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Prior to 2018, Nicaragua’s economic growth was supported by market-oriented reforms, sound macroeconomic management anchored in a crawling peg exchange rate regime and prudent fiscal policy, and a growing labor supply.

Between 2000 and 2017, growth averaged 3.9 percent, led by domestic demand fueled by remittances and Foreign Direct Investment (FDI). A small, open economy that depends on agriculture and light manufacturing, Nicaragua has not been able to further boost growth and per capita incomes as low human capital, large infrastructure gaps and a weak institutional and business environment undermine its long-term growth.

The sociopolitical crisis of 2018-2019, followed by the COVID-19 pandemic and two major hurricanes in 2020, resulted in a cumulative GDP loss of 8.7 percent, while poverty ratcheted up to 16 percent by end-2020. The economic impact of the pandemic was limited due to mild containment measures and strong remittance inflows. Nonetheless, voluntary shutdowns weighed on domestic demand, while the global crisis reduced external demand in 2020. Large-scale public investment (supported by government deposits), external financial assistance, and strong export demand helped Nicaragua recover from the impacts of these multiple shocks. Real GDP rebounded strongly by 10.3 percent in 2021, recovering to pre-2018 levels. However, welfare impacts from the pandemic lingered as around 10 percent of formal employees in 2019 transitioned to an informal sector by end-2021. Lower employment and wages reduced family incomes of 28 percent of households.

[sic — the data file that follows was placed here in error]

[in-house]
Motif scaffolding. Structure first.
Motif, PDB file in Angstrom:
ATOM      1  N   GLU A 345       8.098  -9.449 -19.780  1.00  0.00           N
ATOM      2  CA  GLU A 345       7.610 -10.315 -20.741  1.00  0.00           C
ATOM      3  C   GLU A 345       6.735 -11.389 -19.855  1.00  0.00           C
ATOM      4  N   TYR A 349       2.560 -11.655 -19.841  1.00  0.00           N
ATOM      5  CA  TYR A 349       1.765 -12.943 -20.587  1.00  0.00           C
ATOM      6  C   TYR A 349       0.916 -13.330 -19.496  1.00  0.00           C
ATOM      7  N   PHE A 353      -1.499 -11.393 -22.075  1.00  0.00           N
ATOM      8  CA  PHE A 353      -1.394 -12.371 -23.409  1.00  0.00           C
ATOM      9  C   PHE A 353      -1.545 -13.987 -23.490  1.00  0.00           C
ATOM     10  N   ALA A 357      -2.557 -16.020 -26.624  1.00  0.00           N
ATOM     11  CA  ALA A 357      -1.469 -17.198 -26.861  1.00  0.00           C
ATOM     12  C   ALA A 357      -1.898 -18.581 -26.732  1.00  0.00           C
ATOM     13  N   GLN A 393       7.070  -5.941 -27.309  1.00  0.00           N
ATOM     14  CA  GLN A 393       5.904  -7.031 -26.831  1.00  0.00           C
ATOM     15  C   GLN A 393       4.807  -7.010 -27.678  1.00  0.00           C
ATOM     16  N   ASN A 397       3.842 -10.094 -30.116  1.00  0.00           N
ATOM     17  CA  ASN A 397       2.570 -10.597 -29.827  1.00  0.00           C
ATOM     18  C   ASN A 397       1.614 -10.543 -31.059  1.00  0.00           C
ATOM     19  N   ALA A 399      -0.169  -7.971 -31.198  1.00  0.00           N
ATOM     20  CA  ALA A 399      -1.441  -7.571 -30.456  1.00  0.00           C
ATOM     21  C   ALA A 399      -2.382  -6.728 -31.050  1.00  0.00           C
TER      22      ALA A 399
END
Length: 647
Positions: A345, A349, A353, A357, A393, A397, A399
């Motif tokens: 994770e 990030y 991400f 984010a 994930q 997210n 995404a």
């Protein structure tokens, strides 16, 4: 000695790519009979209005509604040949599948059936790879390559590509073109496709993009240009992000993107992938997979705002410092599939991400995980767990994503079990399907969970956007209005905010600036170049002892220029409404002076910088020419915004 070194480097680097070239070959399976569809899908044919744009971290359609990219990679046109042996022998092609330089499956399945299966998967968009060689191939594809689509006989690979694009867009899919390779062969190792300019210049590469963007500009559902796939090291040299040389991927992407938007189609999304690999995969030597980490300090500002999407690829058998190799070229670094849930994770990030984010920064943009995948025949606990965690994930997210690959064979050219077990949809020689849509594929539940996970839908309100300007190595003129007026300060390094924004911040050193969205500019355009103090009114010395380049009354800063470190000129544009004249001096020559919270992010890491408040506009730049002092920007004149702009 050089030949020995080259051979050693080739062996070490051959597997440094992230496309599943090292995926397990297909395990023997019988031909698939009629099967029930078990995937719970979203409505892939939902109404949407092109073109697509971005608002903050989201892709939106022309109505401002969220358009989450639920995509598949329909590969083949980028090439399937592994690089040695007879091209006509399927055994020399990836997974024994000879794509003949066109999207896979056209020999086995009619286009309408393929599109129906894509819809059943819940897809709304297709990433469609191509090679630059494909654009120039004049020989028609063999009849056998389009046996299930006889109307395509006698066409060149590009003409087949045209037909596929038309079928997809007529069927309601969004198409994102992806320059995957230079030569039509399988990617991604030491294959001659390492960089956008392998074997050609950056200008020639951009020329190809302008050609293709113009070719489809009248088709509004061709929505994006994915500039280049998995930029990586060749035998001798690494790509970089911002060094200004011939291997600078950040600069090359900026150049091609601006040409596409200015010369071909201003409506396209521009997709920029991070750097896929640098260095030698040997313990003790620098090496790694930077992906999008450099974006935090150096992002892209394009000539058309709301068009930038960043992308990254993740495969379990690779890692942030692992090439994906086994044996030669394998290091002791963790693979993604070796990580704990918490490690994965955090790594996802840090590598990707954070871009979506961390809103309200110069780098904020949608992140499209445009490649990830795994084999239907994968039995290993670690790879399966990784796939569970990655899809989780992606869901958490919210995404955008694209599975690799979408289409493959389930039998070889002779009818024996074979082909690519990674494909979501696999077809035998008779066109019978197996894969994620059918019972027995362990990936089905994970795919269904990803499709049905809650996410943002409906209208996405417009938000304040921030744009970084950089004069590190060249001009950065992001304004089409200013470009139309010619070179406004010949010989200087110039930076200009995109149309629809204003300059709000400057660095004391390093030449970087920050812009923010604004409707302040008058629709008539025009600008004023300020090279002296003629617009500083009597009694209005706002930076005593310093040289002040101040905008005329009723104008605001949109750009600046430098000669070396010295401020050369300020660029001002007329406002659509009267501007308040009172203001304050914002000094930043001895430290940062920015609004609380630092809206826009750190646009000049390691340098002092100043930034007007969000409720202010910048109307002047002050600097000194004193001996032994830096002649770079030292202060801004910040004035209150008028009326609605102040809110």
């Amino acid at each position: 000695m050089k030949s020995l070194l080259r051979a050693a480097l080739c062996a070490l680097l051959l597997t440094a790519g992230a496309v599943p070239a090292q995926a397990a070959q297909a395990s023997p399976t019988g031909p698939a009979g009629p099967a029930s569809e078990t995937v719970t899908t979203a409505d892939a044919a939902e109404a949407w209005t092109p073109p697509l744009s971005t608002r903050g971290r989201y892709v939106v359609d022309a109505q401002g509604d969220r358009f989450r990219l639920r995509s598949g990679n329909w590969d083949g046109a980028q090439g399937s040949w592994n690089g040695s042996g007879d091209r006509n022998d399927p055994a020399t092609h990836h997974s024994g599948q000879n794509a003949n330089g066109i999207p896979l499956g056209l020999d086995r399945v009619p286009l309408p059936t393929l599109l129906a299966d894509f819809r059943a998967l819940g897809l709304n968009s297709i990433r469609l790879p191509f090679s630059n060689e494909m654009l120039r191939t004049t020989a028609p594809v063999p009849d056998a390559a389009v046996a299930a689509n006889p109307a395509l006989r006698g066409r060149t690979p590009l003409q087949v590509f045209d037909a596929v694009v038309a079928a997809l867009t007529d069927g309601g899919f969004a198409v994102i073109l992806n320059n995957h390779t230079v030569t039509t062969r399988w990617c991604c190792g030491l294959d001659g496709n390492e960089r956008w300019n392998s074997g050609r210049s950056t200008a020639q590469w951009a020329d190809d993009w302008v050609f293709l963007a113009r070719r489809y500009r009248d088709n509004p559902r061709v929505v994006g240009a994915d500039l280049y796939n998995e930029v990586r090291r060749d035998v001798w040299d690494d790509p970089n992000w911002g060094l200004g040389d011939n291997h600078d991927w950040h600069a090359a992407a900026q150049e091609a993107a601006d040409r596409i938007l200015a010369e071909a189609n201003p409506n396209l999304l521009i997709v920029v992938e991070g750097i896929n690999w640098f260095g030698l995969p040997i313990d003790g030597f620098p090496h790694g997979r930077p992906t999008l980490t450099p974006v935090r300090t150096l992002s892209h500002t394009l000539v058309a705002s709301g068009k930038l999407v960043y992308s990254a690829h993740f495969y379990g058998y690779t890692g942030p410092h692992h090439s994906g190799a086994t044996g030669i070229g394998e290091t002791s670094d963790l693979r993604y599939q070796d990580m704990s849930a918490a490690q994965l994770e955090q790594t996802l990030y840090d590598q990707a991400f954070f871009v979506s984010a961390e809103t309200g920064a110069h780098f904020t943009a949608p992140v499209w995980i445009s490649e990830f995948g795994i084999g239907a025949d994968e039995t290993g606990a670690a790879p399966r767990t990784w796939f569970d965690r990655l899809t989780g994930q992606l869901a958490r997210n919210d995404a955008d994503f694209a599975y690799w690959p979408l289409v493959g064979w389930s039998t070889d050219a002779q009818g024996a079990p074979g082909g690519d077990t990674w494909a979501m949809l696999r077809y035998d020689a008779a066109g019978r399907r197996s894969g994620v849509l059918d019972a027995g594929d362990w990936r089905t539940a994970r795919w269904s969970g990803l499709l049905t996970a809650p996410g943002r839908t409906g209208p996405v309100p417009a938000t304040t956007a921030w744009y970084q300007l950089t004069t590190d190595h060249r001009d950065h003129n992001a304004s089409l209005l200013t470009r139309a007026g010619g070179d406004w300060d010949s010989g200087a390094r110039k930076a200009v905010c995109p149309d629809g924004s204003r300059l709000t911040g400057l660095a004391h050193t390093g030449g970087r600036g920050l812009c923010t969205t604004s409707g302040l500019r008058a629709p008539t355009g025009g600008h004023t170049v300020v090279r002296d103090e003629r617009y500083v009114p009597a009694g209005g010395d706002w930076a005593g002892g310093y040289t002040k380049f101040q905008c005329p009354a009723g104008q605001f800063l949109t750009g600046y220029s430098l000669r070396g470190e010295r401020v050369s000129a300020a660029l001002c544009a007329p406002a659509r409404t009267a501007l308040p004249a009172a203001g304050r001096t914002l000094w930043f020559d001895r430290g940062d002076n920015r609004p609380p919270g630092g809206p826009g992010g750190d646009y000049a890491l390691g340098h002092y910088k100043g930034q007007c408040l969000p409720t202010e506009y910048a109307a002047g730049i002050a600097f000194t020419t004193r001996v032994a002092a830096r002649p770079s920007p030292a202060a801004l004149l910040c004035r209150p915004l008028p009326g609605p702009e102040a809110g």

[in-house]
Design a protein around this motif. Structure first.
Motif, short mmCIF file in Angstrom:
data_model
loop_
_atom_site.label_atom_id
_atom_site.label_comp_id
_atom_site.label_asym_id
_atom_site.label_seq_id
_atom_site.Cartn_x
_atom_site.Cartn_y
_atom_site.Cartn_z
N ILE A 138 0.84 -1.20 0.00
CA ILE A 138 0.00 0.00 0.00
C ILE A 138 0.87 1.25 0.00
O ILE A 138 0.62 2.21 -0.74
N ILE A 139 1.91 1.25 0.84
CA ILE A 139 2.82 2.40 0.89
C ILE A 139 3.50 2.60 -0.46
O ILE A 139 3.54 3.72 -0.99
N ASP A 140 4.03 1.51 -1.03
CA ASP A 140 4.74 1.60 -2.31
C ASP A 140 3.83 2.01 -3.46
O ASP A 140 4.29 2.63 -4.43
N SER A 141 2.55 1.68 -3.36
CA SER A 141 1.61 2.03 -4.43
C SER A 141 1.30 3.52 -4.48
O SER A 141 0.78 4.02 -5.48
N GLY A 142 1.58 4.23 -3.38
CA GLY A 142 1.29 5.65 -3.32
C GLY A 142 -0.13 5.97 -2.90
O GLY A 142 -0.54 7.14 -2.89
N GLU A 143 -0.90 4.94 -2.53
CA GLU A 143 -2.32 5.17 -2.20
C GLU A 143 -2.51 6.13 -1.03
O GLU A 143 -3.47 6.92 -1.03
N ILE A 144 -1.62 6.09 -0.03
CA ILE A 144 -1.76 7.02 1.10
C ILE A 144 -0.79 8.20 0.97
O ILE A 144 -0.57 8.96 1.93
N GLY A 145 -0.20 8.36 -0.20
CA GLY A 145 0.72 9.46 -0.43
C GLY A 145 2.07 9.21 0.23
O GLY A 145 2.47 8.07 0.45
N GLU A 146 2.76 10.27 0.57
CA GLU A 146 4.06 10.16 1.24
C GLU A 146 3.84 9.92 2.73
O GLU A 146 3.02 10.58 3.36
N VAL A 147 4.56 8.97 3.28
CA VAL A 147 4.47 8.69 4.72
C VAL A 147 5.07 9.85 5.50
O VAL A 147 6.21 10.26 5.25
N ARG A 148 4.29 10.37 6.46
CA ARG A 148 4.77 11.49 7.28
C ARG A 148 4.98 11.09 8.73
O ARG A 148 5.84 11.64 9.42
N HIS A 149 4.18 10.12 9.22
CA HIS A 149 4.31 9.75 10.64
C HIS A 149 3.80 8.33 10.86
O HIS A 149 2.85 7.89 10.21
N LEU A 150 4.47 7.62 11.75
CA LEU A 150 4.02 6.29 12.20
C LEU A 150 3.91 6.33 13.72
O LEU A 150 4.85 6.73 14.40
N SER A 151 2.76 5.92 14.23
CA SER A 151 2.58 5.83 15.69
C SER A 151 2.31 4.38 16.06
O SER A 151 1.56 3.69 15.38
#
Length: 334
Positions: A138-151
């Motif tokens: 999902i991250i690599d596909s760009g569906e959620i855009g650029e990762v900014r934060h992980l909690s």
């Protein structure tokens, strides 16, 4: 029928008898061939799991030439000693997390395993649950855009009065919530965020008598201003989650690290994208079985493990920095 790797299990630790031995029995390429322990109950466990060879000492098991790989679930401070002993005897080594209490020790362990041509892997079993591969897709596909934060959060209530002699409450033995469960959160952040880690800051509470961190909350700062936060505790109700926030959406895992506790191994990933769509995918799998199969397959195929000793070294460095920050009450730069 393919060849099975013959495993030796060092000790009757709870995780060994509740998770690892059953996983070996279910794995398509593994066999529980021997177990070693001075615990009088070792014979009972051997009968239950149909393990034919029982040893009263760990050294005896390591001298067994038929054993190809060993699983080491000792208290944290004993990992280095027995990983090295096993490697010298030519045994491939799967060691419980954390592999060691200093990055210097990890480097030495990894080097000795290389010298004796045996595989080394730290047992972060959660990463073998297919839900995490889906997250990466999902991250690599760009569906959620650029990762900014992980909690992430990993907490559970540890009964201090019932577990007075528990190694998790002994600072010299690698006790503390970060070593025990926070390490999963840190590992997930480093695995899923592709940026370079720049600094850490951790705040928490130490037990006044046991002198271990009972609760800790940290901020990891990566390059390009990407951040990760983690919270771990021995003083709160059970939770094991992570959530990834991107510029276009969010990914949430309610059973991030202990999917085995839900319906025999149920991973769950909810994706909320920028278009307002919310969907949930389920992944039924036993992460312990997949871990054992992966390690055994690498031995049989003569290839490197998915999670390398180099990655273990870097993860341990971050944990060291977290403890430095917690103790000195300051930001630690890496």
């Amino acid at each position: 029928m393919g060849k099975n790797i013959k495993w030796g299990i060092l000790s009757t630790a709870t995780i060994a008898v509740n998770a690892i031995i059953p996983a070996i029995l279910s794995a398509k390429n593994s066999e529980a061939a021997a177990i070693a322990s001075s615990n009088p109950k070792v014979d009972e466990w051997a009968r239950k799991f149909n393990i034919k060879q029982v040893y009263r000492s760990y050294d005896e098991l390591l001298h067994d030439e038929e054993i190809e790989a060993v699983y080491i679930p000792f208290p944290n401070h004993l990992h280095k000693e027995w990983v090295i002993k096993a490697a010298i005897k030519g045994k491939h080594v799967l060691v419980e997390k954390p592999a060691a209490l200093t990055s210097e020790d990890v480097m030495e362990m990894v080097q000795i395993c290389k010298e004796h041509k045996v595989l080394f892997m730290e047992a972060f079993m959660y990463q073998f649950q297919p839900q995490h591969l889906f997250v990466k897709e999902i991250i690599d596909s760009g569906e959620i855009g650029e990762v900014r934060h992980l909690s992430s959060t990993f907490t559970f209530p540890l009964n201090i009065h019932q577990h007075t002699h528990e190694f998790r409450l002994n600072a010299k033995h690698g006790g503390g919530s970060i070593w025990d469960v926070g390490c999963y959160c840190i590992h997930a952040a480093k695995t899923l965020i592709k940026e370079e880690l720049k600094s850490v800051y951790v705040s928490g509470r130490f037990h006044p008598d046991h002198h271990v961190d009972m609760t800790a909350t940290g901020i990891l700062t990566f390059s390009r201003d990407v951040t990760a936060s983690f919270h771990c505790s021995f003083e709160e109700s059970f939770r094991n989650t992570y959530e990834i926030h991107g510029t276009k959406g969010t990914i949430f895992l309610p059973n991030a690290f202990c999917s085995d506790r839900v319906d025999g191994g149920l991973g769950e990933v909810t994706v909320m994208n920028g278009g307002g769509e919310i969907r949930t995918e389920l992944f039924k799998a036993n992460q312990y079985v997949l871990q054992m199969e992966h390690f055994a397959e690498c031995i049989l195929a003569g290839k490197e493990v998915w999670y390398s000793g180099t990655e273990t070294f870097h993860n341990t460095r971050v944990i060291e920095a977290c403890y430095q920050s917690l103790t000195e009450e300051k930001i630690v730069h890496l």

Despite high inflation, global headwinds, and the damage caused by Hurricane Julia, GDP is expected to have grown by 4.0 percent in 2022. This expansion was driven by robust private consumption fueled by remittances, as well as net exports. On the supply side, the economic expansion was broad-based, and driven by services. Remittances expanded sharply during 2022, reaching about 22 percent of GDP due to a spike in emigration. As a result, despite weak employment growth and high inflation, poverty (US$3.65/day PPP) is estimated to have declined to 13.3 percent in 2022 from 14.2 percent in 2021.

In 2022, the average annual inflation in Nicaragua surged to 10.5 percent - the highest among Central American countries and more than double the average inflation rate over the past decade. Inflation was driven by strong domestic consumption and higher import prices caused by pandemic-related supply chain disruptions and Russia's invasion of Ukraine.

Growth is projected to moderate to 3 percent in 2023 amid fiscal consolidation, slowing external demand, and elevated inflation. Slower growth, high food prices and fiscal consolidation are likely to curb reductions in poverty and inequality in the medium term.

The World Bank has supported poverty reduction measures in Nicaragua through the  International Development Association (IDA), the World Bank’s fund for the poorest countries. To reach the country’s vulnerable families better, IDA projects leverage local initiatives that stretch limited resources further and deliver sustainable results.

Last Updated: Apr 04, 2023


Nicaragua: Commitments by Fiscal Year (in millions of dollars)*

*Amounts include IBRD and IDA commitments
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Country Office Contacts

NICARAGUA +505 2270 0000
5to. piso Edificio Cobirsa, Km 6,5 carretera a Masaya, Managua
USA +1 202 473-1000
1818 H Street NW, Washington, DC 20433